Every time I travel, I wish I could bring my cats with me. I’ve been intrigued by stories of friends who successfully take pets on trips in an RV. While I am more of a tent camper, the thought of traveling in a recreational vehicle and being able to bring pets on the road has a certain appeal.
If you are bringing your pets on an RV trip, how can you make sure that the trip is Fear Free, safe, and fun for all? We asked some experts for tips.
Bring a Bit of Home
Familiarity and reminders of home will help pets feel secure on the road, says Crista Coppola, Ph.D., a certified applied animal behaviorist for SeniorTailWaggers.com. Pack a bag with a few of your pet’s favorite blankets, toys, food and water dishes, or special treats. If there’s a daily routine you’ve developed at home with your pet, continue it as much as possible on the road or in a campsite. Keep feeding, walking, and bathroom times similar, too.
Secure Pets While RV Is Moving
Keepings pets safe and secure in a moving RV is critical for everyone’s safety, says RV broker and enthusiast Phil Colonna. He suggests that pets be kept completely away from the front of an RV when it is being driven, using a barrier such as a pet gate. It’s safest for everyone if pets ride in sturdy carriers that are secured so they can’t fall, slip, or roll. They definitely shouldn’t ride in anyone’s lap while the RV is in motion.
Make sure collars can’t catch on anything when pets are inside kennels or carriers. Trim nails beforehand to prevent them from snagging on carpet and causing injury.
When you reach your destination, kennels and cat carriers can provide a secure hiding or resting place for your animals. I have acclimated cats to a new home with the use of a cat carrier, which provide a secure “cave” for animals that prefer this.
Things can heat up fast in an RV if it’s hot outside, Colonna says. Always be aware of the indoor temperature of the RV and run the air conditioner if needed at rest stops or at your campsite. Some RVs have generators to run air conditioners and allow remote temperature monitoring.
Case the New Locale
You’ve arrived, and the inclination may be to quickly pile out of the RV and explore your new surroundings. Do this first without your animals. Check for dangers. Are you near a drop off or a busy road? Is there an aggressive dog in the next campsite? Are there dangerous things that a dog or cat might be tempted to chew? Just as you would check a hotel room for safety before letting your pet into it for the first time, do the same thing in a new campsite or RV location. A leash is your dog’s (and cat’s) best friend in a new location. Never let your pet roam free while you’re camping. Wild animals are always a danger, and an unfamiliar area may be territory for predators that you’re not used to thinking about at home.
Use ID and Locator Technology
Coppola recommends dog travel tags (similar to what is used on airline suitcases) to clearly indicate that your dog is traveling, with local contact information. “GPS tags are trendy, too: if your dog gets loose but still has his collar on, you can easily track him on your phone.”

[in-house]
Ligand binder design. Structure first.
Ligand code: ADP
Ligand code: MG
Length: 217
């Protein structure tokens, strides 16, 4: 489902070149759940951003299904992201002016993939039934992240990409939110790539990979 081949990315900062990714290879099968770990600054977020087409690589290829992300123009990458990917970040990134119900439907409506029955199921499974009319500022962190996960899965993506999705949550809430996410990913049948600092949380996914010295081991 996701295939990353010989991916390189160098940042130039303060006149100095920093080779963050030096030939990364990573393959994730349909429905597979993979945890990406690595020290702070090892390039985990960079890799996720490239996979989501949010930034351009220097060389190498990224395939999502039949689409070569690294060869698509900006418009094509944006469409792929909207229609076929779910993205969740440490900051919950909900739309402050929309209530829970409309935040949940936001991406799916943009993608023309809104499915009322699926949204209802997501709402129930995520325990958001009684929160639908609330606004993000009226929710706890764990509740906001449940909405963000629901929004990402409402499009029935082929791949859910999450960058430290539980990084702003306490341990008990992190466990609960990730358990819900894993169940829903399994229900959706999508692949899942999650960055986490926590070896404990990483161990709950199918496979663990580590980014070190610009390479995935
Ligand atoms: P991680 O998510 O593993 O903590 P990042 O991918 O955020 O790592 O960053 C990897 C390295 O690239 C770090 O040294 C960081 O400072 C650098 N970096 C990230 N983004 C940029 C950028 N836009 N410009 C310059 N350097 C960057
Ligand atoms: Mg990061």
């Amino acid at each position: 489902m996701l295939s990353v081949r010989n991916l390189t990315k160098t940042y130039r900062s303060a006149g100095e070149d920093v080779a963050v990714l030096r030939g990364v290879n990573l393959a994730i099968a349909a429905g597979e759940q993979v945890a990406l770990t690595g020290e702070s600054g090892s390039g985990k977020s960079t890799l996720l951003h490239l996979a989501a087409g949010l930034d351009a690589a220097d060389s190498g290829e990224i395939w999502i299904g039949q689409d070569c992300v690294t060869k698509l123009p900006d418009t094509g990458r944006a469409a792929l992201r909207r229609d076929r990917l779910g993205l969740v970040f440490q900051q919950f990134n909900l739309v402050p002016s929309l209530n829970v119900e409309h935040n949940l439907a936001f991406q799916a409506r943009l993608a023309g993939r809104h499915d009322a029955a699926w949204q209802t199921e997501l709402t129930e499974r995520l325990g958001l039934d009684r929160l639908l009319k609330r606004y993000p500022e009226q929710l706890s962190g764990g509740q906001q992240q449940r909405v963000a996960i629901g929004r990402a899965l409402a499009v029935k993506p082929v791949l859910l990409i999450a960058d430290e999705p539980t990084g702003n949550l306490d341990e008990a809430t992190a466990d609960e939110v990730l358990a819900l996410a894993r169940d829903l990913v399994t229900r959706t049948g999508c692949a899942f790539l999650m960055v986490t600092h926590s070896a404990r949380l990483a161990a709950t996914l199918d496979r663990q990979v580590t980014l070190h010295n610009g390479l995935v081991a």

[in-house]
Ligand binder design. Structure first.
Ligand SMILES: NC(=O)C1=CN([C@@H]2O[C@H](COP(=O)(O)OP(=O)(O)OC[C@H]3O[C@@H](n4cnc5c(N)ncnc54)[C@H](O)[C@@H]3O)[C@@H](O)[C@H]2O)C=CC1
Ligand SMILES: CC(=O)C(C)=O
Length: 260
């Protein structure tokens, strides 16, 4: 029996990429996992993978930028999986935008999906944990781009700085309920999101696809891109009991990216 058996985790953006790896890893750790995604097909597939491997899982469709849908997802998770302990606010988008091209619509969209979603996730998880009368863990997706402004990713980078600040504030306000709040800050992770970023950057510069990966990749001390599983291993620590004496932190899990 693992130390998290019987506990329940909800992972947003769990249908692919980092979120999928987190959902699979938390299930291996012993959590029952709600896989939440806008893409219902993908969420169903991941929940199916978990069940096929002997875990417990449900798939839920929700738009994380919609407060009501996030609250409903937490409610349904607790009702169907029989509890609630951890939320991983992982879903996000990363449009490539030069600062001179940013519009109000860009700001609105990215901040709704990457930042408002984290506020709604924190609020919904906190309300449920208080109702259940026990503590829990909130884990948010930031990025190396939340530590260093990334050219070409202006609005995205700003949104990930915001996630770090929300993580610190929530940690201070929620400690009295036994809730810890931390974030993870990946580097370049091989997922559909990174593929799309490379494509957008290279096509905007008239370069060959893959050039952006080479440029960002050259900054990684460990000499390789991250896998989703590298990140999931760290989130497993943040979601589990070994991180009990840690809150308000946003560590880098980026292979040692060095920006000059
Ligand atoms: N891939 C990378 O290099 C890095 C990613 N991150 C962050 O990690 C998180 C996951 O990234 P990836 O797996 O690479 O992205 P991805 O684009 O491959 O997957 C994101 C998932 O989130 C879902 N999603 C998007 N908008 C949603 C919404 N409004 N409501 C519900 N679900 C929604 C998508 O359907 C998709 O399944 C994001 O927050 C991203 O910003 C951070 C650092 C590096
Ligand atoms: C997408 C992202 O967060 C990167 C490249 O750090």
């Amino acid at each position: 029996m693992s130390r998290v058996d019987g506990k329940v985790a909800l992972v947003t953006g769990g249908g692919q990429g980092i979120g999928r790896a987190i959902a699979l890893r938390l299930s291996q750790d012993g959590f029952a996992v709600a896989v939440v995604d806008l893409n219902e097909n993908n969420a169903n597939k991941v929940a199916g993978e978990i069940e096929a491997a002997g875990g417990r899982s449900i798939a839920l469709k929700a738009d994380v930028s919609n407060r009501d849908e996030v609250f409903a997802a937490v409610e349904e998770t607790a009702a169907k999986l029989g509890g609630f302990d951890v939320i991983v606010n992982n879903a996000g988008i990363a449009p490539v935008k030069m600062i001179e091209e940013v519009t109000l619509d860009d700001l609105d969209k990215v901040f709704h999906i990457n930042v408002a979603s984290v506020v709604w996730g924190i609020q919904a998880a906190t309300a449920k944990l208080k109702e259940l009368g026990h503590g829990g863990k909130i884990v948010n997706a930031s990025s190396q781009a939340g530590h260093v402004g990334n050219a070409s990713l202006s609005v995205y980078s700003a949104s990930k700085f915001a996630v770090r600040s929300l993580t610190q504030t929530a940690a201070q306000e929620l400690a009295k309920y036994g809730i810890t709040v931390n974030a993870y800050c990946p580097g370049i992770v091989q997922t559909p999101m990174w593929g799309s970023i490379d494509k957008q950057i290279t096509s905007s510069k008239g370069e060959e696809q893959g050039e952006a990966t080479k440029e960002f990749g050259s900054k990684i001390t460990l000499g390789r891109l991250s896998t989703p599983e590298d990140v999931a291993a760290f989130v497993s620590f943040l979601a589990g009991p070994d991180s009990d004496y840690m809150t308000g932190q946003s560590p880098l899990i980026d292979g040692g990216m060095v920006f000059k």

Microchip pets ahead of time and have easy and organized access to their chip numbers and the associated registries. Similarly, carry digital and/or paper copies of rabies and other vaccination history for each pet. It’s good to have contact information and hours of area veterinarians and emergency hospitals once you arrive at your destination. Make sure that area veterinarians are accepting new patients or can accommodate an emergency.
There are many options for supporting your pets with a calming supplement while traveling; these can make the trip nicer for everyone. When we moved my cats cross-country, I used pheromones in the car, and gave the cats a calming supplement. The cats did better than the humans on a 1,300-mile drive. A calming supplement such as Zylkene comes in capsule form for both cats and dogs and helps to balance the stress reaction without tranquilizing or sedating effects.
During holidays, all of the above advice applies—and more. Plan for busier roads, for example, and make sure pets are secure in your RV. Reservations for any activities along the way might require more planning and more time. Veterinarians might have reduced hours; find out ahead of time. If you’re traveling in a northern region, pay special attention to snowfall patterns, weather that can change suddenly (in mountains, for example), and road conditions.
Indoors, be aware of the same hazards that might arise at home. Know which foods are not safe for cats and dogs (chocolate, for example). Secure your animals if you’re going to have company coming in and out of the RV – it takes only a moment for a scared pet to dart out and go missing in an unfamiliar place.
Use a bit of common sense and planning, and you can bring your pets on your next RV trip safely and securely.
See you down the road!
This article was reviewed/edited by board-certified veterinary behaviorist Dr. Kenneth Martin and/or veterinary technician specialist in behavior Debbie Martin, LVT.
Catherine Holm is the award-winning author of cat fantasy fiction and cat-themed memoir. She lives in Minnesota with her husband and six well-loved cats. Learn more about her work at www.catherineholm.com.
Brought to you by our friends at
Published December 27, 2021